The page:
metric is the number of customers under age 25 who re-enroll after one year, the
correction metrics might be derived from interviews with those who stay versus those who
leave to find out the predominant reasons for both. If the number one reason given for
customer turnover is the lack of communication when a customer signs up for a second year,
the correction metric might be the number of customer visits made within 60 days prior to
enrollment. Every course metric is comprised of many correction metrics. The goal is to
have enough to be comprehensive but not so many as to be unmanageable.
The third set of metrics includes tools to
provide information (a.k.a., intelligence) needed to shape or change direction
(offensively) or to respond defensively. This is data vital to effective early warning.
The athletic team mentioned earlier might look at "next years schedule,"
scouting reports, or an announcement that a key opponent just recruited a renowned
offensive coach. Our tractor example might include quantitative information like the
odometer reading since the last radiator overhaul, qualitative data like the long range
weather report, or inductive information like whether the dogs fur is thicker than
last year indicating a particularly cold winter ahead.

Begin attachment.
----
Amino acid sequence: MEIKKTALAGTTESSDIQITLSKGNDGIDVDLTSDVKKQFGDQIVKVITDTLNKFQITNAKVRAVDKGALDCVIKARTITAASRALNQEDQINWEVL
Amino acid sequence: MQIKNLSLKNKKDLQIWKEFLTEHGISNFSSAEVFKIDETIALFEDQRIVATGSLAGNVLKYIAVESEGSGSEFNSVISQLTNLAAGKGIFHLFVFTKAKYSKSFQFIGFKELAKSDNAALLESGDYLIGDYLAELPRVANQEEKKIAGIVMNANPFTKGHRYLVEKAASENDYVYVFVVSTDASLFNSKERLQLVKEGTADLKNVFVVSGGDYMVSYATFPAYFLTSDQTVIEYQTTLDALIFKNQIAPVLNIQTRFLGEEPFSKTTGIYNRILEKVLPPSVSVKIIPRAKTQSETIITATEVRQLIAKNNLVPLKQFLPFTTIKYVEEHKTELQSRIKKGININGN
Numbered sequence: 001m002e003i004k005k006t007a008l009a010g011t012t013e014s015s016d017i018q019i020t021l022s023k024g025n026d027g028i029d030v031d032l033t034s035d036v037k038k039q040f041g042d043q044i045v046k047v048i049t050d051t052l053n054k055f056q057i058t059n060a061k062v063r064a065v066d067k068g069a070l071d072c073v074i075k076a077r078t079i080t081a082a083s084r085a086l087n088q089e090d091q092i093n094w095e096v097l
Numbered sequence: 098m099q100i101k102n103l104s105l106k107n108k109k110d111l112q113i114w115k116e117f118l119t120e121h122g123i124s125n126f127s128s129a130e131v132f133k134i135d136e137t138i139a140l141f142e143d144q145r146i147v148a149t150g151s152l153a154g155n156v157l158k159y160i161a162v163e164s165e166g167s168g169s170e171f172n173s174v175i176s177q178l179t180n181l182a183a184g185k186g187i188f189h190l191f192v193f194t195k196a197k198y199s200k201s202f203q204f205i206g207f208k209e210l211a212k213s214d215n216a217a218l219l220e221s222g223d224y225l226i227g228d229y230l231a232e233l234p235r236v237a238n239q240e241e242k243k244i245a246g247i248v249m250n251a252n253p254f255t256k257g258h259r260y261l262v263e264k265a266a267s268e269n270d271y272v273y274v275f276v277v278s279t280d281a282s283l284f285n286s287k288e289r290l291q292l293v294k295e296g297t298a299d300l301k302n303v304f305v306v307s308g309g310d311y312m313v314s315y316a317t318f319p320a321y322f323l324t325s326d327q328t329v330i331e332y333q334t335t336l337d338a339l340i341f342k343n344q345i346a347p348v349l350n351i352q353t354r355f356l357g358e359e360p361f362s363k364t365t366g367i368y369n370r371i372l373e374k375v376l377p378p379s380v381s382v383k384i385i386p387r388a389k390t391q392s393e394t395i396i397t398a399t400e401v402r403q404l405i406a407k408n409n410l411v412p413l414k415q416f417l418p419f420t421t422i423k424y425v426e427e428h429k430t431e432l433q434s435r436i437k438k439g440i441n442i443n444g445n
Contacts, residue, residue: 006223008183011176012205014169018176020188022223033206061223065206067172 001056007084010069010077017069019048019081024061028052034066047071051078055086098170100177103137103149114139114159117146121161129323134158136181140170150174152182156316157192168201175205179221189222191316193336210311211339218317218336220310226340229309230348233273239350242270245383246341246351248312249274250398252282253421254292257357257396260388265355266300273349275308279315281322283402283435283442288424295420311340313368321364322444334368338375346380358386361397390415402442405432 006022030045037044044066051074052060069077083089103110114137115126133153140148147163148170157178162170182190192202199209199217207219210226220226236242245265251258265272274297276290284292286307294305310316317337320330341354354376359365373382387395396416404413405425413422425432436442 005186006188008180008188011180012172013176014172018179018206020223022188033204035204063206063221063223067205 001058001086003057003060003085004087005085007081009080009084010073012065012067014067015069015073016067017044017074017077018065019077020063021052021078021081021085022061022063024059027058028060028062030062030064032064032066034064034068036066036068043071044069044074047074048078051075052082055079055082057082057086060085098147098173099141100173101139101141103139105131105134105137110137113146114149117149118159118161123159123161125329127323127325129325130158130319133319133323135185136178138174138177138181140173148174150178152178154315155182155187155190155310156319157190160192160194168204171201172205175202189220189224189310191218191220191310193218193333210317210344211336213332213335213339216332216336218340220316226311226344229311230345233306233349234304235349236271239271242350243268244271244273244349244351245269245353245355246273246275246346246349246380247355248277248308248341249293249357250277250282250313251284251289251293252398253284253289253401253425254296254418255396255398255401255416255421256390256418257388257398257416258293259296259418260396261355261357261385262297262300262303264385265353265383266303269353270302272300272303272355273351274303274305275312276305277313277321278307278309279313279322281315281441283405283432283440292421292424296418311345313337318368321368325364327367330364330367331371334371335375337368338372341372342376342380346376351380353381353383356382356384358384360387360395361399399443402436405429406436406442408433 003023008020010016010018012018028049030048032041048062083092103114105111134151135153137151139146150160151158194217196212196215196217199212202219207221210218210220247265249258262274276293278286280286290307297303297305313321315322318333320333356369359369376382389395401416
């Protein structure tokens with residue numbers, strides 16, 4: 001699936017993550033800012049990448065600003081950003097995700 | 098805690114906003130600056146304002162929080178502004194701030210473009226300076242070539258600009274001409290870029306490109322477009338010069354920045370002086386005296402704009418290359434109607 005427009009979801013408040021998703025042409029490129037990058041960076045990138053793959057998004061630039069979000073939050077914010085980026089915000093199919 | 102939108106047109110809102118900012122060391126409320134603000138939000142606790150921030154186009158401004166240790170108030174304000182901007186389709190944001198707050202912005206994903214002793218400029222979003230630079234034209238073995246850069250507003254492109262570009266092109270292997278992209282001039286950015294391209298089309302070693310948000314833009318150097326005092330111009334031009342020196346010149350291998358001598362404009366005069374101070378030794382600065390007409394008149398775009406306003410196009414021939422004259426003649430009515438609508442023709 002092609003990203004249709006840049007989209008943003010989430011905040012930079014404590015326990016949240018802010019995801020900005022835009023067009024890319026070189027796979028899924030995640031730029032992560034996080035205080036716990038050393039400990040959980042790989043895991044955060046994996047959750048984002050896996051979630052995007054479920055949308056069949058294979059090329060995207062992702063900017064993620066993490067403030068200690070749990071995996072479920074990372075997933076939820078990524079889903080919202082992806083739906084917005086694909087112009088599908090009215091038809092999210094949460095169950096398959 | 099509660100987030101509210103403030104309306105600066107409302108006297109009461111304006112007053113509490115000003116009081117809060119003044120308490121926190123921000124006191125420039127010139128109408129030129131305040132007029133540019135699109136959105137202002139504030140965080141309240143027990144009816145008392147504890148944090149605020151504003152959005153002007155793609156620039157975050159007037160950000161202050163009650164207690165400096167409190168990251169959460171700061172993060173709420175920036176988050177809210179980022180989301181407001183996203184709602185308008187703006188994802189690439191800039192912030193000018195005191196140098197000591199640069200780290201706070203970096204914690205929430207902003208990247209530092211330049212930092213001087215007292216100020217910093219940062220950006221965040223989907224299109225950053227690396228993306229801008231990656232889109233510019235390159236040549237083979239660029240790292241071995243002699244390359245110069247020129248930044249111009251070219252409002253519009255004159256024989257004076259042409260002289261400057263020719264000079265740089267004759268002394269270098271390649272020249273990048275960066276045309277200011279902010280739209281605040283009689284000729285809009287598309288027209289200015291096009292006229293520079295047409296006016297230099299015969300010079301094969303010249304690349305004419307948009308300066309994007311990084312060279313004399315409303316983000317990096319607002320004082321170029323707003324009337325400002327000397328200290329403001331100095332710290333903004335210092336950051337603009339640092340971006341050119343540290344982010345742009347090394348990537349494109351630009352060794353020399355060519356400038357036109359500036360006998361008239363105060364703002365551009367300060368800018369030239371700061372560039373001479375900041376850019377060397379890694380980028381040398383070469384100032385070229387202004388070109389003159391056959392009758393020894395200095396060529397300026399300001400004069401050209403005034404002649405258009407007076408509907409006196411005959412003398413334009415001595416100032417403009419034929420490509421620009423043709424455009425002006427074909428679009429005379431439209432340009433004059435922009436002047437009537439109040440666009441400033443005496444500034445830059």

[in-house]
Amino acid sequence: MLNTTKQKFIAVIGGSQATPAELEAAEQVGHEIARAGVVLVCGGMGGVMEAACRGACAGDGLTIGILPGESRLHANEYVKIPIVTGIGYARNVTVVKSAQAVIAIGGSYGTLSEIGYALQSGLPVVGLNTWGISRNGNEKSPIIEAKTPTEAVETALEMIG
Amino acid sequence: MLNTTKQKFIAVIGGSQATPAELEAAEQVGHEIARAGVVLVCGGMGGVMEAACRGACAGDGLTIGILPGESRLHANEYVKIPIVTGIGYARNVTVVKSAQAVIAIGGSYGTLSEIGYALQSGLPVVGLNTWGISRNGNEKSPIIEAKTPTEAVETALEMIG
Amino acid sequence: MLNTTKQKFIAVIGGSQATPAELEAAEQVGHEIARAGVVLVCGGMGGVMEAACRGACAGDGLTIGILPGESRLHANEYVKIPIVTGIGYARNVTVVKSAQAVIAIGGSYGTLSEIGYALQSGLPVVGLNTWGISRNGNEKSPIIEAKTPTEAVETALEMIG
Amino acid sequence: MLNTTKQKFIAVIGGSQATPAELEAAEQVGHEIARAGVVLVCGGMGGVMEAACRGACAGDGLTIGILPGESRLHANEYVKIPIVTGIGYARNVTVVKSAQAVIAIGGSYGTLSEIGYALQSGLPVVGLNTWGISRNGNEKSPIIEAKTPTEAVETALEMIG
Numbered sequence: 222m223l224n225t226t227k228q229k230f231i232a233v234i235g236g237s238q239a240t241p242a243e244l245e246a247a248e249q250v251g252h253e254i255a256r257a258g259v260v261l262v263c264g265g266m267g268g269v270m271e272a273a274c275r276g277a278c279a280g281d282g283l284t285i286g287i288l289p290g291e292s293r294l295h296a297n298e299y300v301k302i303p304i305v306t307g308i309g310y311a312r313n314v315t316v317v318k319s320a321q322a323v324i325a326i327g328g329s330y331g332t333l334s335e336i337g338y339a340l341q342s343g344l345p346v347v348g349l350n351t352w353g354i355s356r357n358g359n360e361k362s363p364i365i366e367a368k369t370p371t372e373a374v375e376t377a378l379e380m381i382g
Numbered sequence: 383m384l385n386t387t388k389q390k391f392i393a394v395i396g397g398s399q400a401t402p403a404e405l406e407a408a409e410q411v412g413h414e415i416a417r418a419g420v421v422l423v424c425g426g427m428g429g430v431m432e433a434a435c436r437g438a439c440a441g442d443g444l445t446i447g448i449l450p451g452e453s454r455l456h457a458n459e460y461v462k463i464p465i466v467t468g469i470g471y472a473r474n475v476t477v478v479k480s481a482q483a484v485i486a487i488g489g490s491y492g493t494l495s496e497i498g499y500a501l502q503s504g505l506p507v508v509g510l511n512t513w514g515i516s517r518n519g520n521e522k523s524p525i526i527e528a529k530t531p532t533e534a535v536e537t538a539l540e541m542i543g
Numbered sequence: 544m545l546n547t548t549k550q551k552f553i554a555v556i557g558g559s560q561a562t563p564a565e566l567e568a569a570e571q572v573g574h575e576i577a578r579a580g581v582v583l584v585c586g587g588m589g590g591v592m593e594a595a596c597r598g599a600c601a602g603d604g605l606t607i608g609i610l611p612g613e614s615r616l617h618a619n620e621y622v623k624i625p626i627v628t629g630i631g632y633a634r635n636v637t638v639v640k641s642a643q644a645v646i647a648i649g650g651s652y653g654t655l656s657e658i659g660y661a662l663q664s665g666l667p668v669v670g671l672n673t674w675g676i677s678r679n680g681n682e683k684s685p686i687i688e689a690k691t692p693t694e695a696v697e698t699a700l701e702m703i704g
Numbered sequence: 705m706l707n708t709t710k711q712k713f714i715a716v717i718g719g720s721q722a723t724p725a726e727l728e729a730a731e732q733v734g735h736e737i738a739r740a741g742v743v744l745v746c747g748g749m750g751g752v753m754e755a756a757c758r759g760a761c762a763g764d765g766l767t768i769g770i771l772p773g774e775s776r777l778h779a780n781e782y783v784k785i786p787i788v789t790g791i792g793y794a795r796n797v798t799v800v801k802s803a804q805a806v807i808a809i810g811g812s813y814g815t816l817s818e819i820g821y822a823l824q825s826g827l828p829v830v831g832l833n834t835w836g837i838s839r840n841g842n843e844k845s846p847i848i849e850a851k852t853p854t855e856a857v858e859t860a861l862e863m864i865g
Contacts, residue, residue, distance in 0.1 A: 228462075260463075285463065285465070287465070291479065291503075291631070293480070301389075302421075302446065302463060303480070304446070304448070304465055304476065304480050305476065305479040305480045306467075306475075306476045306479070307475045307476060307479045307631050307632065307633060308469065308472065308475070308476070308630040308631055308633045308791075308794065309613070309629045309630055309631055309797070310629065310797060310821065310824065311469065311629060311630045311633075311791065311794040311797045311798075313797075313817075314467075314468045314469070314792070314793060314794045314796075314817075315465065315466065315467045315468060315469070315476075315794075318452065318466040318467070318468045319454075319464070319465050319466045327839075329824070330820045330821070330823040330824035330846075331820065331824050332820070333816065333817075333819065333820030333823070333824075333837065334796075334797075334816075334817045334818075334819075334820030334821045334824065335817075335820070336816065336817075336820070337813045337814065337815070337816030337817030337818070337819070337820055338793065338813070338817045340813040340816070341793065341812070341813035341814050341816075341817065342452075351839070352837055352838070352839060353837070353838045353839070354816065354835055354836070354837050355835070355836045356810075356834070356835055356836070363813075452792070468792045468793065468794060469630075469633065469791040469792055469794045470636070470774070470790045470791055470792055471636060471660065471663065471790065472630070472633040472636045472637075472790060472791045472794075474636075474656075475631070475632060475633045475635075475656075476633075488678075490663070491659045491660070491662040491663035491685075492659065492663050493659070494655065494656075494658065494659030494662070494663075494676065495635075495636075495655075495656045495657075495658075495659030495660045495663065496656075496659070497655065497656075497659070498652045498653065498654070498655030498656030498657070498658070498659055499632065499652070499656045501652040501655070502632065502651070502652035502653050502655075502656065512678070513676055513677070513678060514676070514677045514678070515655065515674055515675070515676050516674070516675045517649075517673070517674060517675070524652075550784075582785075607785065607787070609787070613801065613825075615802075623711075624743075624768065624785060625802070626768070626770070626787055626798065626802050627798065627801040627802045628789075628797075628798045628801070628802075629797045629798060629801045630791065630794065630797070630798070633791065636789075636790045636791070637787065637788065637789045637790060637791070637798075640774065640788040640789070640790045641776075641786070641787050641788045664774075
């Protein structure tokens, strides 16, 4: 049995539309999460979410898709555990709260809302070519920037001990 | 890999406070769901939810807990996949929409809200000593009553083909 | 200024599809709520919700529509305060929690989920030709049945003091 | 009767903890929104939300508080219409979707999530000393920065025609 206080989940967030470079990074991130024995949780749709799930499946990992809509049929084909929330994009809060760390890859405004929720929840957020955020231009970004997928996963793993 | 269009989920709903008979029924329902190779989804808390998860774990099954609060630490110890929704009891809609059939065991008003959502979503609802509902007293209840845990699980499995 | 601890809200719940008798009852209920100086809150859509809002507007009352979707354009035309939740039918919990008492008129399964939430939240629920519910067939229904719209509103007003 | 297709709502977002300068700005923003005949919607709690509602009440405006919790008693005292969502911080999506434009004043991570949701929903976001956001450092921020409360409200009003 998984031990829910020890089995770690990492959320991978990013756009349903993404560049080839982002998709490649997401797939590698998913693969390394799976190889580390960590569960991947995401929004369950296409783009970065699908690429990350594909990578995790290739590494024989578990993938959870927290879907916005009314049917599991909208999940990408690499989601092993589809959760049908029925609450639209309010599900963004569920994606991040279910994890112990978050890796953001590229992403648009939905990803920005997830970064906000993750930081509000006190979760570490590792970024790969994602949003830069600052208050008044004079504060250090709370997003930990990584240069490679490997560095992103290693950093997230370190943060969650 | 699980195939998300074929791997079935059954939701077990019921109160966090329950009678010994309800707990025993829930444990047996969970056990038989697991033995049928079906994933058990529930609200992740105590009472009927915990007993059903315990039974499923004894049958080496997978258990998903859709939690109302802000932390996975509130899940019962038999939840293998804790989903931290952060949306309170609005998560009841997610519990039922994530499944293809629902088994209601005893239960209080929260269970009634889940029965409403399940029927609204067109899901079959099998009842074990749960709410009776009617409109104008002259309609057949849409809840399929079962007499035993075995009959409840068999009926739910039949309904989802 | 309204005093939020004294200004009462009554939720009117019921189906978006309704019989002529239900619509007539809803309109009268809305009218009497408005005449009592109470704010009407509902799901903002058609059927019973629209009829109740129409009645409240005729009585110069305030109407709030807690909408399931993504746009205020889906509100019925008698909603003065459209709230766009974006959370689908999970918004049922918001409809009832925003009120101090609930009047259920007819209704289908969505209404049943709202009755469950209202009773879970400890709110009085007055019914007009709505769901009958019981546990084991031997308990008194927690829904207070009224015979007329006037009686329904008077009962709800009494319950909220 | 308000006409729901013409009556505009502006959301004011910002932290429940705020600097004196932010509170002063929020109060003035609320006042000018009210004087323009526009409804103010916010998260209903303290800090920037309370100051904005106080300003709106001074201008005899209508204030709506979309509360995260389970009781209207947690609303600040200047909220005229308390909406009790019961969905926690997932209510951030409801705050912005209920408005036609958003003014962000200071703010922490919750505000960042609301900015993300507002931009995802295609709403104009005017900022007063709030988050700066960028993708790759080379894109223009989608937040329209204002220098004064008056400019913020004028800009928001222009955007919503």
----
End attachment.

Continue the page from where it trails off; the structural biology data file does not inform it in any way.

Quantitative customer caution metrics might
be those associated with long-range demographic variations, industry projections, and
anticipated psychographic changes in a target population. Qualitative customer caution
metrics could be results from pilots, focus groups, industry predictions, and futuring
studies. Inductive customer caution metrics might be the advice of long-term employees who
have witnessed trends and the organizations reaction to them, or the hunches drawn
from comparing projected demographics with predicted psychographics. Customer caution
metrics are by definition tentative and predictive.
The final set of metrics includes the tools
to better understand the setting or marketplace and where the unit or organization is
relative to that milieu. Putting a tractor through the paces on a hot day will have a
completely different impact on the radiator than the same actions in the dead of winter.